In the wake of the decision by the Los Angeles City Council to allow a controversial private pedestrian bridge over Temple Street downtown between two sections of an apartment complex under construction, I've been thinking a lot about how people walk around this city.
Of course, it's no longer true that "nobody walks in L.A.," as the '80s band Missing Persons sang. (And where are they walking and singing these days?) Hollywood and downtown have become hubs of walking and bicycling as both areas become denser with housing and eateries and stores and parklets.
But much of the walking in this city of cars is done in protected enclaves of commercial activity: think the Grove and Universal CityWalk. Even Hollywood Boulevard (at least during the day) and Rodeo Drive in Beverly Hills have a certain insularity by virtue of being havens of tourist foot traffic.
And that seems to be what the developer of the Da Vinci apartment project wants: a little cocoon of safety for his tenants as they travel between the two buildings of the complex, which will sit on either side of Temple Street near the 110 Freeway. Apparently, the developer doesn't trust that this portion of downtown has gentrified as much as other parts and has become dense enough with upscale apartment-dwellers and workers to provide a buffer of sorts from the homeless people who live in the shadow of the freeway.
Sure, no one wants the danger and uncertainty of walking a desolate sidewalk late at night, whether it's Temple Street downtown or San Vicente Boulevard in Brentwood. But there is a certain risk in building in a very urban part of town. And developers have been doing it successfully all over downtown for years -- opening loft buildings and restaurants and stores -- without pulling up the sidewalks behind them and laying down moats and erecting drawbridges. People started patronizing Pete's Cafe on 4th and Main years ago when going there meant parking and passing homeless encampments and sometimes being panhandled while sipping wine on the outdoor patio. A security guard on the corner kept watch and conveyed a sense that someone was on the lookout.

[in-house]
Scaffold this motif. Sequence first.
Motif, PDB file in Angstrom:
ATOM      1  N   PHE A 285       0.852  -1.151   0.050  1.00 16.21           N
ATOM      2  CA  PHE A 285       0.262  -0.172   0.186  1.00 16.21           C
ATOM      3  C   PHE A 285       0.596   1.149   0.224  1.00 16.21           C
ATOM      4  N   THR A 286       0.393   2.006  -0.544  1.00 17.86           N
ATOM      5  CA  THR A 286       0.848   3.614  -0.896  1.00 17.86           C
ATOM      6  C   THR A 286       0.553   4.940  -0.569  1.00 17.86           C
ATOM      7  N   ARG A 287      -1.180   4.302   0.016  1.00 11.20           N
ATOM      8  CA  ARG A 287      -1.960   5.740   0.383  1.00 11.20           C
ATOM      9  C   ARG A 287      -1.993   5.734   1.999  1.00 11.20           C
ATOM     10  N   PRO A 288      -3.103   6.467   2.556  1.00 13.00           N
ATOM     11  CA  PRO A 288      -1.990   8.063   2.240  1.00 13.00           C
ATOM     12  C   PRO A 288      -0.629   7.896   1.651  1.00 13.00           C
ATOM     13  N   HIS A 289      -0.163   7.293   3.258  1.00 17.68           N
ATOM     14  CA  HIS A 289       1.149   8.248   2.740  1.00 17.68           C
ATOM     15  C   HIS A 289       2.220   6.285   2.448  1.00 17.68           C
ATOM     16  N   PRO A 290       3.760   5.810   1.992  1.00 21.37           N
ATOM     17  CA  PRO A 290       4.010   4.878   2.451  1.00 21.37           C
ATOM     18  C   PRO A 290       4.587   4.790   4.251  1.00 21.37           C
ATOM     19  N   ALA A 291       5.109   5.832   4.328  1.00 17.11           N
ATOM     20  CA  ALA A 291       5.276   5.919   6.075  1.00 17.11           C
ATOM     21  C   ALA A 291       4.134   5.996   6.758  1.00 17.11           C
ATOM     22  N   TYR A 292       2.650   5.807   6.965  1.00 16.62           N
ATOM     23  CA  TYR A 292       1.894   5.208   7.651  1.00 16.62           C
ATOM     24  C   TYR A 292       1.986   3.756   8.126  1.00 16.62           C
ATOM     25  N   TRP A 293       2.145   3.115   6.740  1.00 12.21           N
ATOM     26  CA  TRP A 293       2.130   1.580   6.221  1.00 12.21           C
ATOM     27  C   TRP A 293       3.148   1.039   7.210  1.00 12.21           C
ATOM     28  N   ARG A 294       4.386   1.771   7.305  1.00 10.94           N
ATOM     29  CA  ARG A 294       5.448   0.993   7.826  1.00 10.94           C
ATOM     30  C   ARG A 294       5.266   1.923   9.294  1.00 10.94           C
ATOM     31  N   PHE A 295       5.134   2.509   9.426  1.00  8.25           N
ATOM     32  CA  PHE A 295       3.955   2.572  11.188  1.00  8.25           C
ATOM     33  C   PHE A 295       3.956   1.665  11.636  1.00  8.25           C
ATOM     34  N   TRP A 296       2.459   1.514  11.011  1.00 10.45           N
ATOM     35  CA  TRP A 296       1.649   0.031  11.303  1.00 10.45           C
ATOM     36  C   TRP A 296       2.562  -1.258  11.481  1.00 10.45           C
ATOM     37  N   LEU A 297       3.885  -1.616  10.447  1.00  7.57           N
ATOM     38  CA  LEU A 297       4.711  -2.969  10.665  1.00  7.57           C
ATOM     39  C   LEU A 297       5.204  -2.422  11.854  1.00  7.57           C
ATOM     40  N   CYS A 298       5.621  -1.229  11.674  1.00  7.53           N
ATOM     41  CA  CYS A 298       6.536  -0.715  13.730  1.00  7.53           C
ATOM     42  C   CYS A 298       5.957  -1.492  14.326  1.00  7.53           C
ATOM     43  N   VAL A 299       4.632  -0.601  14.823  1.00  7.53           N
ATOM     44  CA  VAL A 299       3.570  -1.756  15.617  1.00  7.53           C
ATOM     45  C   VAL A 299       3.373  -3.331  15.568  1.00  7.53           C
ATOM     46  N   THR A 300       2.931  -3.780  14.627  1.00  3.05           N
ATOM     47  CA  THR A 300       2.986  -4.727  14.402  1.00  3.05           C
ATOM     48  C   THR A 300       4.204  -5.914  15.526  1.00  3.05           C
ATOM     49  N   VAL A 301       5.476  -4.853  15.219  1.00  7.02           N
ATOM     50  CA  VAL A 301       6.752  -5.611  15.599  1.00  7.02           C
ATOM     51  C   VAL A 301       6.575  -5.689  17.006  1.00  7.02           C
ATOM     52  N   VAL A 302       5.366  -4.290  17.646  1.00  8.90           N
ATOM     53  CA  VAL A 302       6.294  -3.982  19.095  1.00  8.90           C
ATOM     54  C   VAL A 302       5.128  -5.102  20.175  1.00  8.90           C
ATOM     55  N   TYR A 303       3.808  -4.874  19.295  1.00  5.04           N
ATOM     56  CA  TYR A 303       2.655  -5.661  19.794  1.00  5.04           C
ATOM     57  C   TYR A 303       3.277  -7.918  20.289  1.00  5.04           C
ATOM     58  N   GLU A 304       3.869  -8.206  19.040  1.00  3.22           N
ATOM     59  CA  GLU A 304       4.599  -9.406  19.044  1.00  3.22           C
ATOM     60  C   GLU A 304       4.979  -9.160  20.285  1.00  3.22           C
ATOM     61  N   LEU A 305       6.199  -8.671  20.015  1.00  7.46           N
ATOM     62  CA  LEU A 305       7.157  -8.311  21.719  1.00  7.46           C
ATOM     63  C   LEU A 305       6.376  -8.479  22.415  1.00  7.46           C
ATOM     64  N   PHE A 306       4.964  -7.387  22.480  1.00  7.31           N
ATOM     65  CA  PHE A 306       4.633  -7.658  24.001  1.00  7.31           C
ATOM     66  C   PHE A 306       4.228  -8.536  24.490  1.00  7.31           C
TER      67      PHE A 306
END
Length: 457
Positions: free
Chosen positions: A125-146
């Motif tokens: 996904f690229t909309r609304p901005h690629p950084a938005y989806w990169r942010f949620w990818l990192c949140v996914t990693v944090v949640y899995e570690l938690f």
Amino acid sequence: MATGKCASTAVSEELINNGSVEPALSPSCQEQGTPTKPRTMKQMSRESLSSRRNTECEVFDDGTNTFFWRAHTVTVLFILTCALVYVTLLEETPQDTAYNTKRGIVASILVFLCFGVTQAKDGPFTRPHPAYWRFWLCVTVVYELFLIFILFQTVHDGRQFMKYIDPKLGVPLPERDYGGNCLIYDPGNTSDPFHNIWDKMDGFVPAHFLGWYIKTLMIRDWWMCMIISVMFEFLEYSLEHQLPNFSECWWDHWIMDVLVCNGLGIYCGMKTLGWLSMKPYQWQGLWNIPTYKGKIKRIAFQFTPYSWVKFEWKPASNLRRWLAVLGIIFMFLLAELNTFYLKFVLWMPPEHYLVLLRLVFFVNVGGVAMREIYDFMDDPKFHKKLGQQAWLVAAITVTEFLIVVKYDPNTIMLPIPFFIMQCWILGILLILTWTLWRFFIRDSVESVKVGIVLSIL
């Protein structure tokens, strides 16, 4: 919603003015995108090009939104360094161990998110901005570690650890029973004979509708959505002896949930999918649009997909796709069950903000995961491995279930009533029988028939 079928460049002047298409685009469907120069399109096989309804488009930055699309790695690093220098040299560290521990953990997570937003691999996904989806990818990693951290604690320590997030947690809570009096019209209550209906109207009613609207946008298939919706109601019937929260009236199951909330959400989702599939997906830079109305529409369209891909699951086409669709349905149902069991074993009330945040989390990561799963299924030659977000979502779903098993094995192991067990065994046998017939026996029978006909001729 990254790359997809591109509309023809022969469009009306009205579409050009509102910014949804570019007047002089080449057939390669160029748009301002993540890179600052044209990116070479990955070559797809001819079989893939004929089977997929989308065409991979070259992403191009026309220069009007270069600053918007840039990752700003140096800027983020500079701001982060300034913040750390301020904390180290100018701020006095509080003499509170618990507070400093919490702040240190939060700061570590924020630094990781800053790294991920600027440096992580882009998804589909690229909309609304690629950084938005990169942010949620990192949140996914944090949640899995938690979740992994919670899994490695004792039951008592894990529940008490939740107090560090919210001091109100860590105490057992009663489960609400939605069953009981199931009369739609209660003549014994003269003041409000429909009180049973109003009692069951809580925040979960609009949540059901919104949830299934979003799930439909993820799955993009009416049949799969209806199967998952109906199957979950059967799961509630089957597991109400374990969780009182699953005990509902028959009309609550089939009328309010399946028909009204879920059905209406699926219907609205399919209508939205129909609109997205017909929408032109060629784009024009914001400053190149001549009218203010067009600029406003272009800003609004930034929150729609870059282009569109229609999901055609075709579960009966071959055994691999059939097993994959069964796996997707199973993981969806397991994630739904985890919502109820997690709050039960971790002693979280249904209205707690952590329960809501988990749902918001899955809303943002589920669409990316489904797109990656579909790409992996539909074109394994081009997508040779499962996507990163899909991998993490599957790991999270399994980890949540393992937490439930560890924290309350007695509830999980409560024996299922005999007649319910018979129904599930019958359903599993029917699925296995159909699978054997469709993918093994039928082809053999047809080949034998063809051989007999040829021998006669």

In fact, living downtown means -- wait for it -- living with everything and everyone downtown. And until the city can house everyone, that means homeless people.
Ironically, building the bridge over Temple will probably ensure that homeless people stay there (much to the dismay of the developers, I imagine) because it will create a two-tier sidewalk of sorts -- the lower level for homeless people, the upper level for middle-class people. On the other hand, I'm not suggesting nixing the bridge and then shooing away the homeless to some other desolate waystation. The solution here, challenging as always, is public health outreach to the homeless and urging them into housing.